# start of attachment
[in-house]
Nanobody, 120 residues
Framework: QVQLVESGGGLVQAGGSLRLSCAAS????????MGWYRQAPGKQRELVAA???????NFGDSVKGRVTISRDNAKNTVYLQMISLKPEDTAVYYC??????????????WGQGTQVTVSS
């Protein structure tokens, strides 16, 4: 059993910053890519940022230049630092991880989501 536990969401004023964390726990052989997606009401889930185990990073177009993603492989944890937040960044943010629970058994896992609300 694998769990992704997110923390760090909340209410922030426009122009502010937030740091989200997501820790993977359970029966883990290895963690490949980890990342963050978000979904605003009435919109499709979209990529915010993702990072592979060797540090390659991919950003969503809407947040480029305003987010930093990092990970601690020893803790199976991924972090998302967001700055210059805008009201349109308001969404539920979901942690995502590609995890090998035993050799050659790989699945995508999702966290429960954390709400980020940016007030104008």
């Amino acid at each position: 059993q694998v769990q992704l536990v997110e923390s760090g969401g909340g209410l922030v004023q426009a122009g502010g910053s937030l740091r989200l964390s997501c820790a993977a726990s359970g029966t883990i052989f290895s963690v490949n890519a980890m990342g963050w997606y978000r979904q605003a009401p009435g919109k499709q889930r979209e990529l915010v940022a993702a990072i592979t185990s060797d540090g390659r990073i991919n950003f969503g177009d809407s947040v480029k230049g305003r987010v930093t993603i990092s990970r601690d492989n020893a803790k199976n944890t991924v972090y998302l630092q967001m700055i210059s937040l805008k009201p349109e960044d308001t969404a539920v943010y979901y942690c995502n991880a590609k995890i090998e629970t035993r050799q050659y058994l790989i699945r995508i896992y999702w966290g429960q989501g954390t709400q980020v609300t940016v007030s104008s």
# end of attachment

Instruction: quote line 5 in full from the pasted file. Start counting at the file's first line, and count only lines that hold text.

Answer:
């Amino acid at each position: 059993q694998v769990q992704l536990v997110e923390s760090g969401g909340g209410l922030v004023q426009a122009g502010g910053s937030l740091r989200l964390s997501c820790a993977a726990s359970g029966t883990i052989f290895s963690v490949n890519a980890m990342g963050w997606y978000r979904q605003a009401p009435g919109k499709q889930r979209e990529l915010v940022a993702a990072i592979t185990s060797d540090g390659r990073i991919n950003f969503g177009d809407s947040v480029k230049g305003r987010v930093t993603i990092s990970r601690d492989n020893a803790k199976n944890t991924v972090y998302l630092q967001m700055i210059s937040l805008k009201p349109e960044d308001t969404a539920v943010y979901y942690c995502n991880a590609k995890i090998e629970t035993r050799q050659y058994l790989i699945r995508i896992y999702w966290g429960q989501g954390t709400q980020v609300t940016v007030s104008s």